The Role of Outcome Measurement, Part I

Earlier this month we outlined a side-by-side comparison of outcome measurement and program evaluation. In the next two blog articles, we unpack the outcome measurement process specifically.

Outcome measurement: Steps One Through Five

  1. Assess your organization’s readiness.

    Outcome measurement is the determination and evaluation of a program’s results, and their comparison with the intended or projected results. This definition requires a starting point. Check out Brighter Strategies’s evaluation products here for help assessing your agency’s “Point A.”

  2. Select the program and create a plan.

    After understanding the state of your organization, decide which program you will measure. Choose a program that is undergoing a certain change or requires transformation. Outline a specific plan for outcome measurement, including a timeline with milestones by which it will be completed.

  3. Describe the program’s mission and activities using a logic model.

    Visually depict the program you choose with a logic model, such as this:

Copyright Isaac Castillo, 2104.

Complete the logic model with your outcome measurement team during a series of working sessions.

  1. Identify the program’s intended results, or outcomes.

    Program outcomes comprise the second half of the logic model. These goals are the “meat” of outcome measurent, and the focus of subsequent steps of the process.

  2. Identify indicators of success for each outcome.

    Bring your program’s outcomes to life by assigning each goal a metric, which ensures completion can be successfully measured.

Outcome measurement: The Story of Sue Ito

To illustrate this first half of the outcome measurement process, we are introducing Sue Ito, Director of Planning and Performance at the Jefferson County Library (JCL). Sue has been tasked by the County Board of Directors to report a set of agency outcomes on an annual basis.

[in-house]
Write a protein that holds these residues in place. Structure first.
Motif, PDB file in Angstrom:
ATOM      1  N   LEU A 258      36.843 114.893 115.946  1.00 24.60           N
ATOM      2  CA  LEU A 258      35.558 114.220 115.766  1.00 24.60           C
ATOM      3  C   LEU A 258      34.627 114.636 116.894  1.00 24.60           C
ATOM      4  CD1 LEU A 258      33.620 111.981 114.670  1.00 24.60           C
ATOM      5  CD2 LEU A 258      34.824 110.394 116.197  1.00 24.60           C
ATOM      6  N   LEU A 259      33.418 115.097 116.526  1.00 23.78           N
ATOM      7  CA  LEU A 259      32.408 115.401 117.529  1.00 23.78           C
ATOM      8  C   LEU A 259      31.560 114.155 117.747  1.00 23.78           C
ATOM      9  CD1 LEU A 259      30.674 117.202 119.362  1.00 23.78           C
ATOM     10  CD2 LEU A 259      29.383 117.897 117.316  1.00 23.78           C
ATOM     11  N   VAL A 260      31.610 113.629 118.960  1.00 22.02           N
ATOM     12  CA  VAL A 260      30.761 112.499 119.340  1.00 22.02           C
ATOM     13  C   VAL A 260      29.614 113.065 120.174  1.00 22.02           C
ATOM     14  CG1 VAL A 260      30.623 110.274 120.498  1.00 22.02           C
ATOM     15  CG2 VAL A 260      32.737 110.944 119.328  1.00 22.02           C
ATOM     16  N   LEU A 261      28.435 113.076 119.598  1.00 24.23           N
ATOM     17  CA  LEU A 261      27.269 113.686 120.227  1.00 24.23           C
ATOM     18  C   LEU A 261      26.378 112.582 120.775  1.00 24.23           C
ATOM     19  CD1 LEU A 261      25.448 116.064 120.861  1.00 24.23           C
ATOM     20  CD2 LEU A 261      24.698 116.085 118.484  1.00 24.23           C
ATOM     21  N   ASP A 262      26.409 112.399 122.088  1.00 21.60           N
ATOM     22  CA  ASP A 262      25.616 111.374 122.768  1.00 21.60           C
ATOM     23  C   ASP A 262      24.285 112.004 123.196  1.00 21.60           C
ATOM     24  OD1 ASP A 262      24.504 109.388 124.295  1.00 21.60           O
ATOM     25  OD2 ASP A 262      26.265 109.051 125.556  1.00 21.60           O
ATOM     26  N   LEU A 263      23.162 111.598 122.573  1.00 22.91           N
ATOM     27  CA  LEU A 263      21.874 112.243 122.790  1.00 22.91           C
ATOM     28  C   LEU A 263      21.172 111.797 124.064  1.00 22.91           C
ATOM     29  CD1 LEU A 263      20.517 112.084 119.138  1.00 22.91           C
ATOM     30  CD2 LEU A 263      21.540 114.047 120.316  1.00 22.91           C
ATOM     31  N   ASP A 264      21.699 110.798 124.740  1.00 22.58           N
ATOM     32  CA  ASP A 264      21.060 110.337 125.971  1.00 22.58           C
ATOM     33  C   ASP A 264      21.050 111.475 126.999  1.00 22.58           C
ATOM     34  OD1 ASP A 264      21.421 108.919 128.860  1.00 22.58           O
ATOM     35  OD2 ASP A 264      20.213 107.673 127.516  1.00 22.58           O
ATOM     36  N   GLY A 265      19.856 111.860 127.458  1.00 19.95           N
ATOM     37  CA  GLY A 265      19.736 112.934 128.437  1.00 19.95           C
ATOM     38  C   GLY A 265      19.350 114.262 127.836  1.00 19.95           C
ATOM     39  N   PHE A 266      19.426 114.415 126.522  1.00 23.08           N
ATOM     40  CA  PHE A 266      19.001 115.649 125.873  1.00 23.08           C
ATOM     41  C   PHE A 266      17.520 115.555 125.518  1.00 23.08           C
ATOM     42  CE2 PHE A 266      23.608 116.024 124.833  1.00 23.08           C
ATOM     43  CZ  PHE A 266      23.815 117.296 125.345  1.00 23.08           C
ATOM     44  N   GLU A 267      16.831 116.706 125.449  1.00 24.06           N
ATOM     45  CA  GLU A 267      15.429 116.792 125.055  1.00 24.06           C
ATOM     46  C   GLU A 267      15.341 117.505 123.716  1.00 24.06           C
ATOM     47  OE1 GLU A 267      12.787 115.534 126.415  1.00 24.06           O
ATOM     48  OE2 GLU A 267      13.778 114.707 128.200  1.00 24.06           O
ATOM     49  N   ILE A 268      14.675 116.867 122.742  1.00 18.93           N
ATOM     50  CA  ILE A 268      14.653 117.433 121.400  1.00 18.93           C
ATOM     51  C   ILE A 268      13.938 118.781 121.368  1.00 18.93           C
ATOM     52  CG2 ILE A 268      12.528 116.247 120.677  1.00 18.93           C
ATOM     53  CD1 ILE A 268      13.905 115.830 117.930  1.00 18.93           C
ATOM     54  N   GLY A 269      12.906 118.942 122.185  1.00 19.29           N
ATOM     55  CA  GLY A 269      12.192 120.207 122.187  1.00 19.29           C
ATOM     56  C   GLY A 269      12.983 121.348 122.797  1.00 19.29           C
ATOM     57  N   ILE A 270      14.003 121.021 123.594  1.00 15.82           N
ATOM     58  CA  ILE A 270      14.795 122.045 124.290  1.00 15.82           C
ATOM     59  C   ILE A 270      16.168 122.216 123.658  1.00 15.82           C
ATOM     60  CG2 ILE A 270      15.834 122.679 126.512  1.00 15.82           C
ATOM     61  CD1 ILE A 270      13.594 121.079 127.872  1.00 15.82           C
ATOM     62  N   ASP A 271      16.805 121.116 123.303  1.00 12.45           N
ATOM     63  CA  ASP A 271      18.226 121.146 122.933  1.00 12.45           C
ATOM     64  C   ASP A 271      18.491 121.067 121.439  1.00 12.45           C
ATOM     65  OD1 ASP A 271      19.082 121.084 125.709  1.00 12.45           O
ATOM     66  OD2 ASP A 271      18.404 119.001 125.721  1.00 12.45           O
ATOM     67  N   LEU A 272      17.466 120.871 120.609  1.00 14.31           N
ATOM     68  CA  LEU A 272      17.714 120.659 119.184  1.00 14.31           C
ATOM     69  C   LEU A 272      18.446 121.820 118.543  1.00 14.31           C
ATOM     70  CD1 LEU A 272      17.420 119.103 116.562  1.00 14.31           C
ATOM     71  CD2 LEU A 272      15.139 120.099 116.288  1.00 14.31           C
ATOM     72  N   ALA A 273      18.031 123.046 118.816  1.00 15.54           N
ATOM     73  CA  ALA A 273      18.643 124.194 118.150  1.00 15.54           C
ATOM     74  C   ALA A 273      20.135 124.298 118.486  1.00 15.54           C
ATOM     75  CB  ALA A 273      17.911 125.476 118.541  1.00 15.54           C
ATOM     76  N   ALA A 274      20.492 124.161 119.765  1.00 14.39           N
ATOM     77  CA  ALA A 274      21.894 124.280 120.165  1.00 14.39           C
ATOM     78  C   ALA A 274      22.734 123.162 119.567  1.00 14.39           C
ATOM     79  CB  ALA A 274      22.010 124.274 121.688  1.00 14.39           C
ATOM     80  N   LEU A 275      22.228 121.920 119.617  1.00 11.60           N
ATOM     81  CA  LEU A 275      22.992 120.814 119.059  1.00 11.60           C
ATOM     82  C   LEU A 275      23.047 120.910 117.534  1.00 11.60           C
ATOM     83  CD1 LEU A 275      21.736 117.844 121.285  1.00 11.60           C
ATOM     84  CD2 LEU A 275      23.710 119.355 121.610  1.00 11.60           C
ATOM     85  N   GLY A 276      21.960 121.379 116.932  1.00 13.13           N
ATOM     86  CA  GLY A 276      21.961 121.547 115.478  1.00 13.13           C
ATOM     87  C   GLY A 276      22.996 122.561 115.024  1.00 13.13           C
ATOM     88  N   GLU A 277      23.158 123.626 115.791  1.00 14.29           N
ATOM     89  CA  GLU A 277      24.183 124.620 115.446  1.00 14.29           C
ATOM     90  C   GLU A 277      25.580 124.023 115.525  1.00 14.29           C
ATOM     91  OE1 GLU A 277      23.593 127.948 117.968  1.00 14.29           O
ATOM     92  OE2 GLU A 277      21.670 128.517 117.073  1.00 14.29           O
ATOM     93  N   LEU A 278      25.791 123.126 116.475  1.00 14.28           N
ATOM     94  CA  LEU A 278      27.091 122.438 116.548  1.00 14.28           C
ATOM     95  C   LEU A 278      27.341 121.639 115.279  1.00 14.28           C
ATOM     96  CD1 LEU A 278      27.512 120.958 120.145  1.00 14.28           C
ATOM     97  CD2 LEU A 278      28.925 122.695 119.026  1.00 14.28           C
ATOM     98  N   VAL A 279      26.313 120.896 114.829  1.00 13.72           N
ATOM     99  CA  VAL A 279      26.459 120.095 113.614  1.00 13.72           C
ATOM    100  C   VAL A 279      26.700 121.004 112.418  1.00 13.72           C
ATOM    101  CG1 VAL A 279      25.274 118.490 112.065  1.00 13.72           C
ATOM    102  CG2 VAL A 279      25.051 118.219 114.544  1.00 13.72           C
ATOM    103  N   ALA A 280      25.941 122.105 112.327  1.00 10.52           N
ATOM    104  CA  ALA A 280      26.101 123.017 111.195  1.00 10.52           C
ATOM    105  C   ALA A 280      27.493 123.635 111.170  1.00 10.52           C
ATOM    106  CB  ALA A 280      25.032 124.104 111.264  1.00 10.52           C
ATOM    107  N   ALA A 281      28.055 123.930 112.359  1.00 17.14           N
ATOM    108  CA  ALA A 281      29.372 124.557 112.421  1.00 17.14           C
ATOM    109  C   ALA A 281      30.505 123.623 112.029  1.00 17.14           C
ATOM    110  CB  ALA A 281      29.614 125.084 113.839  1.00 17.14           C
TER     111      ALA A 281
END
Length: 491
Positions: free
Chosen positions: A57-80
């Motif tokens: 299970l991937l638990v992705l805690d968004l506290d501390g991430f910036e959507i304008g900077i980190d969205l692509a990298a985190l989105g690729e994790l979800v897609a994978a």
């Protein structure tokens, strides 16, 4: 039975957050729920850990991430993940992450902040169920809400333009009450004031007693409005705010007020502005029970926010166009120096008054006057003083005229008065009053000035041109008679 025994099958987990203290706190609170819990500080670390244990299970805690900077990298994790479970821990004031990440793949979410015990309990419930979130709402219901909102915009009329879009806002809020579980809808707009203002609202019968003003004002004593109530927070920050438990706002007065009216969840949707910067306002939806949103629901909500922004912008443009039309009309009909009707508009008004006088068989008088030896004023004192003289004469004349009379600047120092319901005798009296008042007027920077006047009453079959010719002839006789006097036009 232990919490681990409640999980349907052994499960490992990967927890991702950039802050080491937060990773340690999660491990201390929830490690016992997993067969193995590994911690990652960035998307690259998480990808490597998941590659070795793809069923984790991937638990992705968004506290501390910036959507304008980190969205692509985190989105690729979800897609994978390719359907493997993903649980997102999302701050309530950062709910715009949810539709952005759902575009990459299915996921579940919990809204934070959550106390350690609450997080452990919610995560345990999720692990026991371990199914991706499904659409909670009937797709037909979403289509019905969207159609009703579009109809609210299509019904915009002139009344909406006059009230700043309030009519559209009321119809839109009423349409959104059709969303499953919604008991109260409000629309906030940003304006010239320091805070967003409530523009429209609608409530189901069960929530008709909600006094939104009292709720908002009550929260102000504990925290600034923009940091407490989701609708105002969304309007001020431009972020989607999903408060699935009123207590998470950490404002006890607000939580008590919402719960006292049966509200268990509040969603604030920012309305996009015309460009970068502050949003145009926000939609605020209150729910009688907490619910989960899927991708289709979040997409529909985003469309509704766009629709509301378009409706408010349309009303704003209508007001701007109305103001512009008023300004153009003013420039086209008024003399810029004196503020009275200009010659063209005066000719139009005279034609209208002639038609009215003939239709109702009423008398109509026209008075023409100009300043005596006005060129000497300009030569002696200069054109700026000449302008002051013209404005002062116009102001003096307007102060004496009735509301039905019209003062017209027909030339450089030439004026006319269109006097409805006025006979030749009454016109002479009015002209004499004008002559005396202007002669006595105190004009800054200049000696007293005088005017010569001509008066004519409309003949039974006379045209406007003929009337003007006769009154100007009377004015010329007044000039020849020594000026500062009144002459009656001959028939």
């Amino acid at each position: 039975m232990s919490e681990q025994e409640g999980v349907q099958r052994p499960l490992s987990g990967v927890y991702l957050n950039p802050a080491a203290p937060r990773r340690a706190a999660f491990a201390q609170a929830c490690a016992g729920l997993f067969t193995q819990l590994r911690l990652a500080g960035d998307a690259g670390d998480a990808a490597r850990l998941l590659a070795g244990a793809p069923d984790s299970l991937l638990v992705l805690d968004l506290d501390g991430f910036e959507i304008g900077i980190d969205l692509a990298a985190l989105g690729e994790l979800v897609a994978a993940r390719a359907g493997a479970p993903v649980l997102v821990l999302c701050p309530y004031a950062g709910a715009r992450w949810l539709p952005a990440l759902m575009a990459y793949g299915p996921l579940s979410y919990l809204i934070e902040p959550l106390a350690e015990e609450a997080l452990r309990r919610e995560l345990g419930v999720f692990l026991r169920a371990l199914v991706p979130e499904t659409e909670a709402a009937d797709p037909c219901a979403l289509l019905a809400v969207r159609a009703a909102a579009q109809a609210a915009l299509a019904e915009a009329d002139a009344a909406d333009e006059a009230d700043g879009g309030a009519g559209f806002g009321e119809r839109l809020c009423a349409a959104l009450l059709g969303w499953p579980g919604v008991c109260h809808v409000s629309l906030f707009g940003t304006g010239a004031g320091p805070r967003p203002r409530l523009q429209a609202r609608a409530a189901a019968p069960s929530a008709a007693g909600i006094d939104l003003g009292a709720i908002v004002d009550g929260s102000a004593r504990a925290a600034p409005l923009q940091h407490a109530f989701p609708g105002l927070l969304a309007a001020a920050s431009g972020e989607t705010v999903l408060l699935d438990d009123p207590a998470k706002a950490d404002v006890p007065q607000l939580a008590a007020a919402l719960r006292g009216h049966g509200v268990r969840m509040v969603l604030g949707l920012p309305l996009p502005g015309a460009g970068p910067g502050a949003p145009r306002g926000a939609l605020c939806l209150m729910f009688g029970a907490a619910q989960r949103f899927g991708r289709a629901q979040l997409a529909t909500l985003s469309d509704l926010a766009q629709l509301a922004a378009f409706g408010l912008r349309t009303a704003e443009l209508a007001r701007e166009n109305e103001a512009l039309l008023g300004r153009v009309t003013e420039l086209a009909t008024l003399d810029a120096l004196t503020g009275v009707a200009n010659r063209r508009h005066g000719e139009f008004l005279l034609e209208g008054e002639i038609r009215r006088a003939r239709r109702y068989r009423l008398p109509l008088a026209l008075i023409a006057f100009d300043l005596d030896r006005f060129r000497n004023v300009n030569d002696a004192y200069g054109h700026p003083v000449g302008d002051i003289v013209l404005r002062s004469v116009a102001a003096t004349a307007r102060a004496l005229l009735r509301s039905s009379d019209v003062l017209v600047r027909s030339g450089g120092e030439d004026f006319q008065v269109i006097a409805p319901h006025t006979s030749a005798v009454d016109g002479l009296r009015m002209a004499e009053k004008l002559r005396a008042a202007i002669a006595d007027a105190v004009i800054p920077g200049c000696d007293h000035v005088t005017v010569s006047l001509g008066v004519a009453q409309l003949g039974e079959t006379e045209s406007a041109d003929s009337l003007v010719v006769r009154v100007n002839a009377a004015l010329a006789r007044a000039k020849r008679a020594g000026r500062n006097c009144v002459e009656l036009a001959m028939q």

To begin, Sue uses a “Start With the End in Mind” planning product, which shows that JCL’s Young Adult Education Program (YAEP) is ripe with opportunity, and much of the organization is eager to support its growth. Sue decides to conduct outcome measurement for YAEP and forms a cross-department team to assist her.

The team meets weekly and for the first month focuses its working sessions on creating a logic model to better visualize and understand the current program. Below is a snapshot of the YAEP inputs, outputs, and outcomes.

Inputs

What we invest

Outputs

What we produce

Short-term Outcomes

Short-term impact

Mid-term Outcomes

Mid-term impact

Long-term Outcomes

Long-term impact

Volunteer staff

 

Paid staff

 

Computers

 

Career development materials

 

Library space

Career education and resources for disadvantaged youth

 

Technology training for program participants

 

Job skills training for program participants

 

Life skills coaching

 

Safe space for disadvantaged youth to meet weekly

New learning, such as:

 

IT knowledge gained

 

Job skills learned

 

Positive attitudes toward higher education developed

New actions, such as:

 

Participants apply to post-high school colleges or apprenticeship programs

 

YAEP participation grows

 

JCL receives increased community funding

 

 

New conditions, such as:

 

Rate of college-educated youth in community increases

 

Young adult crime rate decreases

 

Community reputation is elevated

 

Sue reviews the logic model with her team and realizes the outcomes are strong, but vague. How will the new learnings, actions, and conditions be proven? The team creates specific metrics, or indicators of success for each, captured below.

Short-term Outcomes

Short-term impact

Indicators

Mid-term Outcomes

Mid-term impact

Indicators

Long-term Outcomes

Long-term impact

Indicators

IT knowledge gained

 

60 percent of participants show evidence of increased IT knowledge on pre- and post- program surveyIncrease in college or apprenticeship program participation

 

80 percent of participants apply to higher education programsRate of college-educated youth in community increases

 

 

Number of college-educated youth in community increases by 20 percent
Job skills learned

 

100 percent of participants report acquisition of new job skillsIncrease in YAEP participation

 

Program enrollment rate grows by 30 percent in the first yearYoung adult crime rate decreases

 

 

Young adult crime rate decreases

by 5 percent

Positive attitudes toward higher education developed75 percent of participants cite intentions to pursue higher education opportunitiesIncrease in community funding for JCL

 

JCL receives a $25,000 grant from the local government to support growing YAEPCommunity reputation elevatedAverage real estate prices in Jefferson County grow by $10,000 year-over-year

What are your thoughts about the above outcomes and indicators? Which are easy wins, and which require a great deal of work to achieve? Please share your feedback in the comment section below.

In our next blog article, we’ll wrap up the outcome measurement process with our story of Sue and YAEP. Stay tuned!

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